Stand up for Montanans, not big labor
Since the 2008 elections, we've seen a battle at both the state and federal level over the power of organized labor and its effort to forcibly unionize workers. Big Labor has found a president who will carry its water, pushing legislation and enacting regulatory changes that favor union bosses over workers and job creators. The extent of their influence became all-too apparent in the national controversy that culminated with Obama's labor relations board prohibiting a Boeing manufacturing facility from being located in a state not favored by Big Labor.
But this high-profile event is just the tip of the iceberg — President Obama's three years in office have been defined by his efforts to pay back union bosses for bankrolling his 2008 campaign, having spent half a billion dollars to get him elected. The recent recess appointments of two union allies to the National Labor Relations Board — in direct defiance of the Constitution — is just the latest example of the giveaways.
Previous to that, Obama's labor board authorized the formation of "micro-units" or small collective bargaining units which will result in severe discord in places of work with various unions working against each other in search of enhanced benefits with the employer stuck in the middle. The increased costs associated with managing multiple labor contracts is bad news for Montana businesses.
The unelected government bureaucrats at the NLRB have also decided to close the amount of time over which union elections take place, hurrying the process so labor bosses can ambush business owners and provide them little to no time to respond. Even concerns about the integrity of the election proceedings can no longer be raised until after the vote has taken place. That creates a situation where a collective bargaining unit can be formed before the employer even has any real chance to meaningfully address the unionization of his or her business.
Since 2007, Big Labor has been working feverishly to enact the Employee "Forced" Choice Act, which eliminates the secret ballot and allows government to dictate contract terms to employees and employers. Since Congress rejected this deeply flawed bill, Obama's friends in the labor movement have decided to co-opt executive agencies like the NLRB and have them enact EFCA by fiat.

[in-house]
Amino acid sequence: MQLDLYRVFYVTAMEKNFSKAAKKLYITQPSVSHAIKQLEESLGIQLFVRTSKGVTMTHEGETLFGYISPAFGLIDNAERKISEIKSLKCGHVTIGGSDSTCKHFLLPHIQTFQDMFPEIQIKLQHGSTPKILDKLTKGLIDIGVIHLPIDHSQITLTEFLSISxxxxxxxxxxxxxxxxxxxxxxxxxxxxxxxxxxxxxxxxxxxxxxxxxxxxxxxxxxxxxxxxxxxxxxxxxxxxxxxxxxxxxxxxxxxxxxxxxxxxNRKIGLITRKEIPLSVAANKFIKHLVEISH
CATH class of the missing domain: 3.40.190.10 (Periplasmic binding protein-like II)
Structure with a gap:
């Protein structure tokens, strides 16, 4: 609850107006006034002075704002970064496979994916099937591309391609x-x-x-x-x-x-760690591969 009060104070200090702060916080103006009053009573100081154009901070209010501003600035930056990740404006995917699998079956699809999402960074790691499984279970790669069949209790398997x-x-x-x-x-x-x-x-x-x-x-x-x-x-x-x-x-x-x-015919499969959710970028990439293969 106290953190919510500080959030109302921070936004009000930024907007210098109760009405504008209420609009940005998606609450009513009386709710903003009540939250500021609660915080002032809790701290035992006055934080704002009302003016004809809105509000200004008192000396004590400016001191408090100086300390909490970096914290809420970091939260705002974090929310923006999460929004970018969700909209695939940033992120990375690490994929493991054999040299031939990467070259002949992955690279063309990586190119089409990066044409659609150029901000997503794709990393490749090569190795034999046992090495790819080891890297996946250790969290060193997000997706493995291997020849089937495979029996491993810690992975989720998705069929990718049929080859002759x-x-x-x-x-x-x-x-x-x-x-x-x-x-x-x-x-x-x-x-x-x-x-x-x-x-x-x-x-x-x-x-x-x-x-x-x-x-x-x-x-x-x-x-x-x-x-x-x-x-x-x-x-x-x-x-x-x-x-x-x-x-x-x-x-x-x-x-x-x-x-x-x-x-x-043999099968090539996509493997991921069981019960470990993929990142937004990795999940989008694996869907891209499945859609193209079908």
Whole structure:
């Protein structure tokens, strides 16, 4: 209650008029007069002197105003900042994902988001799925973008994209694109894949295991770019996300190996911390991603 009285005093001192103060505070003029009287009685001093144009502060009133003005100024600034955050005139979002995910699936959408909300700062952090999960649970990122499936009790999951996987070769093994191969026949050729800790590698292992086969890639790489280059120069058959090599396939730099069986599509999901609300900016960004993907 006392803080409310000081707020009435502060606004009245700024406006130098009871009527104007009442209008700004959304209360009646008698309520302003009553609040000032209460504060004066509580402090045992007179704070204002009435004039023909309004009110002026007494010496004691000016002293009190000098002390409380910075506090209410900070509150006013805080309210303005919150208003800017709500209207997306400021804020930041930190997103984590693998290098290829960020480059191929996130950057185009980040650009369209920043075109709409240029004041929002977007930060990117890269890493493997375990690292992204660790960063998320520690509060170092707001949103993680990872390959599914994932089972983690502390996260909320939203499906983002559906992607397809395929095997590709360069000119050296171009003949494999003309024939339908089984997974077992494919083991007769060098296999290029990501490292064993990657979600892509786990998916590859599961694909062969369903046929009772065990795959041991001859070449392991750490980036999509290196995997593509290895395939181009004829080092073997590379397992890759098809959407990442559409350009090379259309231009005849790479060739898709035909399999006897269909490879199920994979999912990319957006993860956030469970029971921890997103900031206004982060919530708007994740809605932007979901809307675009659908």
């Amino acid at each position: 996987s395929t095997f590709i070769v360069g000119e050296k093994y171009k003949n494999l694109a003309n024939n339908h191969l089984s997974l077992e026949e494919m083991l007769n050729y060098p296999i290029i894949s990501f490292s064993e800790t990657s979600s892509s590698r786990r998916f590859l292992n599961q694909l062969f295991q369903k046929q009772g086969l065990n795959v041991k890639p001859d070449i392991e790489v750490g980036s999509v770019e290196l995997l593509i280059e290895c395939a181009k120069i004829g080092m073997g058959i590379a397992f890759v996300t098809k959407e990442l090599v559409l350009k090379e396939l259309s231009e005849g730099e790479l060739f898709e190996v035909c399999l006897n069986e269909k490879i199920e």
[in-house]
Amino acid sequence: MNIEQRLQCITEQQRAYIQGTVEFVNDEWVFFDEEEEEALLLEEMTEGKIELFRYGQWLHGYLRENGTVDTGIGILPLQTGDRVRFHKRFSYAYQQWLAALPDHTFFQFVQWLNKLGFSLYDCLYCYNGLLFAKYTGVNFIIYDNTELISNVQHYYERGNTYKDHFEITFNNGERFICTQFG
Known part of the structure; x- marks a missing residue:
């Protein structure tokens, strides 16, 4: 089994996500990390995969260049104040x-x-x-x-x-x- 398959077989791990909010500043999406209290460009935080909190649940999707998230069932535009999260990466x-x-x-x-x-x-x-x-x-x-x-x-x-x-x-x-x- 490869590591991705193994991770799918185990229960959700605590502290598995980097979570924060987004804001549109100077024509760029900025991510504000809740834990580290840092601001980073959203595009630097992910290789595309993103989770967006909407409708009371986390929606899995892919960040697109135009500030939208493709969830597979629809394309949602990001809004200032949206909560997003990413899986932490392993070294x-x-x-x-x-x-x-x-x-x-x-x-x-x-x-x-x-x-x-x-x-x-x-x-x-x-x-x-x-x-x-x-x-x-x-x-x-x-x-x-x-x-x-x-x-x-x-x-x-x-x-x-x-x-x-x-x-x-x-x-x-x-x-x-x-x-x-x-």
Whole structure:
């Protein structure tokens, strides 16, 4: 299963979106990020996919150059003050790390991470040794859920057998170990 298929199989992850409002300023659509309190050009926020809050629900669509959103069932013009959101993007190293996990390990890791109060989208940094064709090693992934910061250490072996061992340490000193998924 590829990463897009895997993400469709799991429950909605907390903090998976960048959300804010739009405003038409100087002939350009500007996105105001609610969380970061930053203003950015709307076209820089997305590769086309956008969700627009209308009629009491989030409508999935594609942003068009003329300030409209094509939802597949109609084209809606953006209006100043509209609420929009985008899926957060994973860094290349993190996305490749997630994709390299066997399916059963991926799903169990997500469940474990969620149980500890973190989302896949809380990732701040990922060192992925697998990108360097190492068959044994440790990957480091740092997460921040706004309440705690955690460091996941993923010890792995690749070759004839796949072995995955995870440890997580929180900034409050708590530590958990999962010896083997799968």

At the state level, the resurgent push for right-to-work laws has been a bright spot for employee rights even though labor bosses have fought it every step of the way. There is no debate that the economies in right-to-work states have outpaced Montana's in the past decade.
Thankfully, workers and business owners also have allies in Congress who have successfully opposed some of these forced unionization schemes.
For instance, the Employee Rights Act, introduced by Sen. Orrin Hatch, would be a big help for Montana workers who want to fight forced unionization. This legislation requires that unions hold a recertification vote every three years. Currently, new workers may be required to join a union they don't want and may never get a chance to vote on the issue.
As we recently saw with the dispute over union contracts at an Albertson's in Kalispell, union bosses will do whatever they can to maintain an advantage and keep union dues flowing into their pockets. It certainly didn't help workers that labor friendly bureaucrats at the NLRB swooped in to bail out the union bosses.
There are other pieces of legislation that have been introduced as well, such as the Representation Fairness Restoration Act. It would disallow the formation of "micro-units" preserving the integrity of the workplace. And recently, the U.S. House passed the Workforce Democracy and Fairness Act in a bipartisan vote. The legislation would prohibit "ambush" elections for taking place and prevent "micro-units" from being created.
Of course, legislative efforts to help workers and business owners fight the encroachment of Big Labor will find resistance by President Obama and other recipients of labor's largesse in Congress. That's why it's so important we hold our elected officials to account and ask them to tell us where they stand on these issues.
I hope we can count on our congressional delegation to stand up for workplace fairness. It's time for our elected officials to tell Montanans whether they support home state workers or will kowtow to out-of-state labor bosses.
(State Sen. Bruce Tutvedt, R- Kalispell, represents Senate District 3. He is the chairman of the Senate Taxation Committee.)